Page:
The Jeffco school board, on a 3-2 vote, has stopped teachers from assessing kindergartners using the Teaching Strategies Gold program because the board said the program collects too much data and because of concerns about privacy issues regarding data storage.
To that end, it told district officials to turn down a $56,000 grant from the Colorado Department of Education that was helping to finance a pilot program.
“TS Gold concerns me greatly,” said board President Ken Witt. “My concerns are less (about the) academic (data collected) and more about the behavioral assessment.”
Witt was joined by John Newkirk and Julie Williams in voting to stop the use of TS Gold. Voting to continue using the program were Leslie Dahlkemper and Jill Fellman.
Witt said the district still had time to see if another kindergarten assessment program is created ahead of the Colorado Department of Education mandate that all kindergartners be assessed in the 2015-16 school year. Currently, TS Gold is the only assessment program that the CDE will allow school districts across the state to use.
Jeffco had asked kindergarten teachers district-wide to assess five students in each class using TS Gold as a way to acclimate the teachers to the program before all kindergartners must be assessed.
“We need the information to guide instruction,” said the district’s director of early childhood education Marcy Hoefner. “In kindergarten, we want data to guide instruction, so we help students be successful.”
While TS Gold assesses a kindergartner’s readiness for school, Jeffco had been focusing on literary, math and the socio-emotional readiness of students, district staff members told the board. They said the data were stored in a secure TS Gold cloud storage that was not publicly accessible.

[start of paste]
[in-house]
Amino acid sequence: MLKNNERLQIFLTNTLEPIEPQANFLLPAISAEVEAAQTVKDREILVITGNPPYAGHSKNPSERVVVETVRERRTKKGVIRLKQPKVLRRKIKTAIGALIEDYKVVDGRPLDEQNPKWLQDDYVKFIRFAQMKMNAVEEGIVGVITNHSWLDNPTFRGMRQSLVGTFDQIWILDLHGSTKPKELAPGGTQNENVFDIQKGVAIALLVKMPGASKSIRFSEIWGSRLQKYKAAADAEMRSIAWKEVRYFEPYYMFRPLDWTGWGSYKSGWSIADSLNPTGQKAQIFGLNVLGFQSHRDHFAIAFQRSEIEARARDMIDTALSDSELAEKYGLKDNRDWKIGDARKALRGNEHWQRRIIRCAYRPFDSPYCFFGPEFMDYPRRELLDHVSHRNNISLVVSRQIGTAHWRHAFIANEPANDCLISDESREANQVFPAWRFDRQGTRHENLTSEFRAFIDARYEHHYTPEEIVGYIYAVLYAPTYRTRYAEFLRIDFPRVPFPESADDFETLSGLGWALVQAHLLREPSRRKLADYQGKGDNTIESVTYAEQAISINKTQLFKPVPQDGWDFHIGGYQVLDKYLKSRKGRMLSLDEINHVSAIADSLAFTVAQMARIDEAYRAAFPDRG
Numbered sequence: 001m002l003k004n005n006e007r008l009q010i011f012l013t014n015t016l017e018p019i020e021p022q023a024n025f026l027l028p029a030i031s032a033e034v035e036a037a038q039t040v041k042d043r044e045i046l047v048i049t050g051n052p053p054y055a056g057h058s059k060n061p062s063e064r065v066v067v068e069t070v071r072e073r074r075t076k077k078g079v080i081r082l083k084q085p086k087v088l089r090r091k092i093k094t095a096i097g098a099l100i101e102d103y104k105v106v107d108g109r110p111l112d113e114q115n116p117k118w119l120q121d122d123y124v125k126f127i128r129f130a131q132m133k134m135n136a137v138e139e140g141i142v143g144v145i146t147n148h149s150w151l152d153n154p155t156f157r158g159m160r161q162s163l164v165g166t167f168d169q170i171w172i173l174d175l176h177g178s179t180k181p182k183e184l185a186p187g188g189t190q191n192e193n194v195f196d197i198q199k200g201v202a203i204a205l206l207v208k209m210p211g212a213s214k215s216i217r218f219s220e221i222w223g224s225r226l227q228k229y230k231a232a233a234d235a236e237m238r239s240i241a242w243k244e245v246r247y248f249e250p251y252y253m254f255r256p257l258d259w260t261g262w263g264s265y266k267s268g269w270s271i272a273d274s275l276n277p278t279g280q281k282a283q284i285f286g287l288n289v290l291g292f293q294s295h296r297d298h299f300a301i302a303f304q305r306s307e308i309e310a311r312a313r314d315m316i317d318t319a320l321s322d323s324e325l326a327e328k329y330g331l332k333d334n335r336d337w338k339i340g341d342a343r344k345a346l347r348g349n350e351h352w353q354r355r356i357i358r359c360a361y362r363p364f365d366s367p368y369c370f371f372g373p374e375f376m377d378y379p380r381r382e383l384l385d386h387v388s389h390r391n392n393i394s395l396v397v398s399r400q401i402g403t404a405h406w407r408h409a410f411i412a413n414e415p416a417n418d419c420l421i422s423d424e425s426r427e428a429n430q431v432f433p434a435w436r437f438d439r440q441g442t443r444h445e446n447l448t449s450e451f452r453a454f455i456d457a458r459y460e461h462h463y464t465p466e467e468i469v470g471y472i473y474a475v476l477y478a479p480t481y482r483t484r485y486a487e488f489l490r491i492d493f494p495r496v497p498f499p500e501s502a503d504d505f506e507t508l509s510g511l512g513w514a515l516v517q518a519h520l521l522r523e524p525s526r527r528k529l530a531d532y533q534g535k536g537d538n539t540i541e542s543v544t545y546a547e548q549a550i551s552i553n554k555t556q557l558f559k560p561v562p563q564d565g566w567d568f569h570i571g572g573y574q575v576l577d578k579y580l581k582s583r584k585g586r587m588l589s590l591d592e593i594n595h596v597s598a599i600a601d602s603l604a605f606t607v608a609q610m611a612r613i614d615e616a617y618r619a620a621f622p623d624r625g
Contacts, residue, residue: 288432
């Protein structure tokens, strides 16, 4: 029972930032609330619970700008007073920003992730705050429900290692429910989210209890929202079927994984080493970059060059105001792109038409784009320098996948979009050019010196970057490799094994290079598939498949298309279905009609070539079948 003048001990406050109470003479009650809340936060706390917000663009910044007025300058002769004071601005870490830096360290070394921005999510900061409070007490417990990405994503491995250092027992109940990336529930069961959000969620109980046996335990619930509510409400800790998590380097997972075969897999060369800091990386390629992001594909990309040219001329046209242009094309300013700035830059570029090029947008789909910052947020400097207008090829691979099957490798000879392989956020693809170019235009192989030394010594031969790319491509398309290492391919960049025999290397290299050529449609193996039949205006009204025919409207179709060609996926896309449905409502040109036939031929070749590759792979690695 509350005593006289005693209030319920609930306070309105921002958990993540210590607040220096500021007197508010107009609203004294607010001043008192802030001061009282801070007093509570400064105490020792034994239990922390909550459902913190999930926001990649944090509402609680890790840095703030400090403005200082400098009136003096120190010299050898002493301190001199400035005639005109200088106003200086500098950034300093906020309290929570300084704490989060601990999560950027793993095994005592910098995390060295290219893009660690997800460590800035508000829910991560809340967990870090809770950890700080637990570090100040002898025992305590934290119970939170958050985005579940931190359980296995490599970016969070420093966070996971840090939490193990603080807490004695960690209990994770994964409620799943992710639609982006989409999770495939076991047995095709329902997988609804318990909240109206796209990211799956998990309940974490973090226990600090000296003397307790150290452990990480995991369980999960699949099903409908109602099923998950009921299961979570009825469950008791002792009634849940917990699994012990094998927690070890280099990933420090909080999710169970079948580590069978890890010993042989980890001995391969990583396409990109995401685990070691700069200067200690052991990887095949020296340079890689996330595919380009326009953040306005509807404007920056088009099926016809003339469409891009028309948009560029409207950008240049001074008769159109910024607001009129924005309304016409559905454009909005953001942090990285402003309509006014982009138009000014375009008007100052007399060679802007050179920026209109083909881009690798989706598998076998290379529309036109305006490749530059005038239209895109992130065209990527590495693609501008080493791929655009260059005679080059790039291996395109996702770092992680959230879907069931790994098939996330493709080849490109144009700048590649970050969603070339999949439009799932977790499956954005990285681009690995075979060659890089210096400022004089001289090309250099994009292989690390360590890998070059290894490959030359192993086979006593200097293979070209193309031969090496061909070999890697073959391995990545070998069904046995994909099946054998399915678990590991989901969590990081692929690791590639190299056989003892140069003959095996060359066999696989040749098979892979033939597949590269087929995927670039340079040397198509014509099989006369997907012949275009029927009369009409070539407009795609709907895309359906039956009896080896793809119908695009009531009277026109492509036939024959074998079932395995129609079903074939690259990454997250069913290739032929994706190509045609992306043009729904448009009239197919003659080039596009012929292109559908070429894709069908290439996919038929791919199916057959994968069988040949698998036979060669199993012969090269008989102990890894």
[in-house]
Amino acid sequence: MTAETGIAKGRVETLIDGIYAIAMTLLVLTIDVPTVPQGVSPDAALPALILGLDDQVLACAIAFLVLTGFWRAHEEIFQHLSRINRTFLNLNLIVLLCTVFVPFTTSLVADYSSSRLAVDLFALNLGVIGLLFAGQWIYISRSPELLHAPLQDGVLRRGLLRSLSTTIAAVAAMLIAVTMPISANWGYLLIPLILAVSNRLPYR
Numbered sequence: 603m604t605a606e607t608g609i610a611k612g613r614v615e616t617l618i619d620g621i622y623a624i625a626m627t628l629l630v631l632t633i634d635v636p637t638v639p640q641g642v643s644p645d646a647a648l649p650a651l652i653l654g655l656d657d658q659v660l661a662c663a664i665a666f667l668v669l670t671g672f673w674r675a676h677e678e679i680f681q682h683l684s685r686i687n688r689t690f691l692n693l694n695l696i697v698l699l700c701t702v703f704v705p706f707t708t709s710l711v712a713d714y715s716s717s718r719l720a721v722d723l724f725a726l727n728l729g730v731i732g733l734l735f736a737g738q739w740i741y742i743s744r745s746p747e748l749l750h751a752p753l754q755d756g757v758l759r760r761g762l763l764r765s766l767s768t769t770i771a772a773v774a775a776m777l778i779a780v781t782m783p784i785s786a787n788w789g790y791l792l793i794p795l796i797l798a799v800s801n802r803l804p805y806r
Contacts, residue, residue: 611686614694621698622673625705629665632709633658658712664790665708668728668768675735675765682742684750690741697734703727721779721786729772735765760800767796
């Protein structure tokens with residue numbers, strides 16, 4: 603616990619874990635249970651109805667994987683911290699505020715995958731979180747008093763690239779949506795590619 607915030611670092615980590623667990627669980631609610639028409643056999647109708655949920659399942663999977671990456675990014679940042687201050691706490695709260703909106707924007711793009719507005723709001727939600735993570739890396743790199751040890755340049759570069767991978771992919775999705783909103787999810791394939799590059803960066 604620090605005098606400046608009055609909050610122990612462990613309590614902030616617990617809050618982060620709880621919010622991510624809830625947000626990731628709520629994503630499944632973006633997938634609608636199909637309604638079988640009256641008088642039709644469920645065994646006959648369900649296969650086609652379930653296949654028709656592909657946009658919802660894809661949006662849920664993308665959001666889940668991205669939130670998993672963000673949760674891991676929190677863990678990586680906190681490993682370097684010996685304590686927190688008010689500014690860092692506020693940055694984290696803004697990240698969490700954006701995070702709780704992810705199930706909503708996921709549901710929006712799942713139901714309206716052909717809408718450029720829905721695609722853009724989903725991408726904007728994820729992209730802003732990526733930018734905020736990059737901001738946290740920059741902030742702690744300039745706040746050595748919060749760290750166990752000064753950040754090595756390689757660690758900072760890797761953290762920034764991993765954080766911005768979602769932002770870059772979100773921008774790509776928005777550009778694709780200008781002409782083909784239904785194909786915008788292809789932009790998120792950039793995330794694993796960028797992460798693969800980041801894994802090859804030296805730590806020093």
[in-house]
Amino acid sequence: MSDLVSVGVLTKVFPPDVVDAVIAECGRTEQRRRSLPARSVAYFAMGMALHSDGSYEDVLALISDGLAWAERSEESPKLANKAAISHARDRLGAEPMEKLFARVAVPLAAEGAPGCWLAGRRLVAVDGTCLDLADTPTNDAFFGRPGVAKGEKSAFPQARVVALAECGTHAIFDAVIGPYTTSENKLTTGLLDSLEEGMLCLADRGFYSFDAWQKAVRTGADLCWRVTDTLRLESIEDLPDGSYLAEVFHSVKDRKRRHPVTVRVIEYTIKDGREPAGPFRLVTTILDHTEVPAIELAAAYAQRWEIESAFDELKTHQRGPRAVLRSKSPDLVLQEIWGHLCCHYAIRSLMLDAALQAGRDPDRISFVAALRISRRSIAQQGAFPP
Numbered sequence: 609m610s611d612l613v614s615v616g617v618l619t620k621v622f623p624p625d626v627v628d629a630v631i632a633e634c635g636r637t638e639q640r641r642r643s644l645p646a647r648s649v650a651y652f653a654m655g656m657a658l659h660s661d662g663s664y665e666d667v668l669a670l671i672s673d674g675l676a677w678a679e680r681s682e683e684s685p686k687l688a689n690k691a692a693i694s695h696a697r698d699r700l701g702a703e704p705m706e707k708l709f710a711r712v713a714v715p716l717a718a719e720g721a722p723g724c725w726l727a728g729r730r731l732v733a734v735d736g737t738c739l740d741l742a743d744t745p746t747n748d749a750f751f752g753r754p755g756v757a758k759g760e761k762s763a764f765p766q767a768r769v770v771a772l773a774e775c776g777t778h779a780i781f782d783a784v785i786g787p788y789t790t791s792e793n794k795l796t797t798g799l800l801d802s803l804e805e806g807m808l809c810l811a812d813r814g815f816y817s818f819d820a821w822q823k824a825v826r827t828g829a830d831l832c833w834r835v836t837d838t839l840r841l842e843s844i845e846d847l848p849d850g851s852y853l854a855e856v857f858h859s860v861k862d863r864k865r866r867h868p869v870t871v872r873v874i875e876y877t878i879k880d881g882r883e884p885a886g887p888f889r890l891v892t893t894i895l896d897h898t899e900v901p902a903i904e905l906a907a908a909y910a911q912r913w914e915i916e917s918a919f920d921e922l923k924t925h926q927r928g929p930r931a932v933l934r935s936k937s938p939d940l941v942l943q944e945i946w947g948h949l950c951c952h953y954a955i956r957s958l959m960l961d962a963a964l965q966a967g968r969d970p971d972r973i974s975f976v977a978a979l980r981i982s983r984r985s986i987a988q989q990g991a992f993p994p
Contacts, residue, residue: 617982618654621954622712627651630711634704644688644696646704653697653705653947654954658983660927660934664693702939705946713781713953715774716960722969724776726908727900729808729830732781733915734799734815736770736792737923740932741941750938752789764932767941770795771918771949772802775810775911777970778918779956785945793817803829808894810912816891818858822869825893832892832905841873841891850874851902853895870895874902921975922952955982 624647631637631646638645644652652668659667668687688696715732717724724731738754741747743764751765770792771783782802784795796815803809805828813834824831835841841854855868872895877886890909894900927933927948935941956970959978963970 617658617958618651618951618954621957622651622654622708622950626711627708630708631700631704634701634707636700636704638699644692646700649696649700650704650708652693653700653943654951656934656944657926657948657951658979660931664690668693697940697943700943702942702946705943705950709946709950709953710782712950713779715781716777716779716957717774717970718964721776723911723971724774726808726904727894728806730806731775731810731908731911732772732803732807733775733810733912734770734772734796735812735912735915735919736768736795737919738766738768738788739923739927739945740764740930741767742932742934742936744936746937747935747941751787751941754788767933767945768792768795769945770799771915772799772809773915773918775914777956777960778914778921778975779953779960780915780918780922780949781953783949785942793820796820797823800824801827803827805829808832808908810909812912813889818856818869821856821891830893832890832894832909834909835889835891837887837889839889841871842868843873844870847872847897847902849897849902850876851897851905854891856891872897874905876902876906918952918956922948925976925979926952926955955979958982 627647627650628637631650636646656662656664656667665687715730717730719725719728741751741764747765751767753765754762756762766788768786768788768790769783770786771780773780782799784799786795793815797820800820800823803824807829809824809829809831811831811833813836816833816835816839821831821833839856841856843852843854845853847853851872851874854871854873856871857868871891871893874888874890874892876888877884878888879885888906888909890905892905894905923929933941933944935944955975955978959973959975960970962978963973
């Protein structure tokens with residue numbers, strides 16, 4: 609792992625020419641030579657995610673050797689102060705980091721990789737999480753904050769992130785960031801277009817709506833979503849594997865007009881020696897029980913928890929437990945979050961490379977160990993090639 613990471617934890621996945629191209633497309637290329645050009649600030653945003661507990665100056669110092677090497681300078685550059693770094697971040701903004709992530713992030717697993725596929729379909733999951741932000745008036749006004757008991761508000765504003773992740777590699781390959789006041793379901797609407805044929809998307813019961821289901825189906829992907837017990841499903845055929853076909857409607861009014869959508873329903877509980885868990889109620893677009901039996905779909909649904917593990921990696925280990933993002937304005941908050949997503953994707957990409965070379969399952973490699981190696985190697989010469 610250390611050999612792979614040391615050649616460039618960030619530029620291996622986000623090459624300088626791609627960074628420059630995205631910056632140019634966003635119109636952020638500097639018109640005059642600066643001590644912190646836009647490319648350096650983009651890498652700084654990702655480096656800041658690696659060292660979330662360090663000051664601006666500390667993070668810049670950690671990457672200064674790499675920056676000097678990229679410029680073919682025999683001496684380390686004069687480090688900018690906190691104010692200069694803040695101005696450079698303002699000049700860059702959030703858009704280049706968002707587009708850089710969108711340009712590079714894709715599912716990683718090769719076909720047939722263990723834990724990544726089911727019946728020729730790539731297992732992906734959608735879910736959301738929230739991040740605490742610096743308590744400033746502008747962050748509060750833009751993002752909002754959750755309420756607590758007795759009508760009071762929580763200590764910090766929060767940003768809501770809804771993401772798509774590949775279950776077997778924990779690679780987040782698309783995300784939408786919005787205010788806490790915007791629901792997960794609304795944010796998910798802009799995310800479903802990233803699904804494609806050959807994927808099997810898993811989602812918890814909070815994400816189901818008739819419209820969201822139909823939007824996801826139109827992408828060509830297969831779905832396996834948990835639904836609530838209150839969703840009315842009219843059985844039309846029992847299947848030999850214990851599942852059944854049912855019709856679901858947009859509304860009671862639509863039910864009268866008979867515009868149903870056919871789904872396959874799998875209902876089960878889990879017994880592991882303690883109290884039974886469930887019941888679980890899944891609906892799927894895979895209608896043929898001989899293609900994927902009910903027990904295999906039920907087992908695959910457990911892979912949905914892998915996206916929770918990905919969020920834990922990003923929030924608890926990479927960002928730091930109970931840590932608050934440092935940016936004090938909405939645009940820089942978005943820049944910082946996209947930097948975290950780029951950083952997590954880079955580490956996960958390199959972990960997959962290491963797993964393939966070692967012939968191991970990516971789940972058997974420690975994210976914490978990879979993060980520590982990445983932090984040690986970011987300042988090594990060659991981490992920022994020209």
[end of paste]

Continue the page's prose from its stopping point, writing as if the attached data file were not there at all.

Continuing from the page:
Williams said she had serious concerns about storing the data and kids’ privacy.
“I think voters spoke loud and clear that they were concerned about privacy,” Williams said, referring to the inBloom data storage program that the school board scrapped in November after several months of heated discussion.
Dahlkemper agreed that student data privacy is a top priority for the district, but said teachers need data to know if they are making a difference in their students’ education.
Gates grant accepted
Despite public comments to the contrary, the board voted unanimously to allow the district to accept a $5 million grant from the Bill and Melinda Gates Foundation to be used to research innovative ways to provide professional development opportunities for middle school and high school teachers.
An audience member was concerned about the Gates Foundation’s agenda when it offers grants, and she suggested the district turn down the money.
Board members said they understood the political ramifications of accepting the grant but pointed out that the money would be used to improve teacher effectiveness and therefore student learning.
“This will expand opportunities for teachers,” Superintendent Cindy Stevenson said. “This is an exciting, innovative opportunity for us.”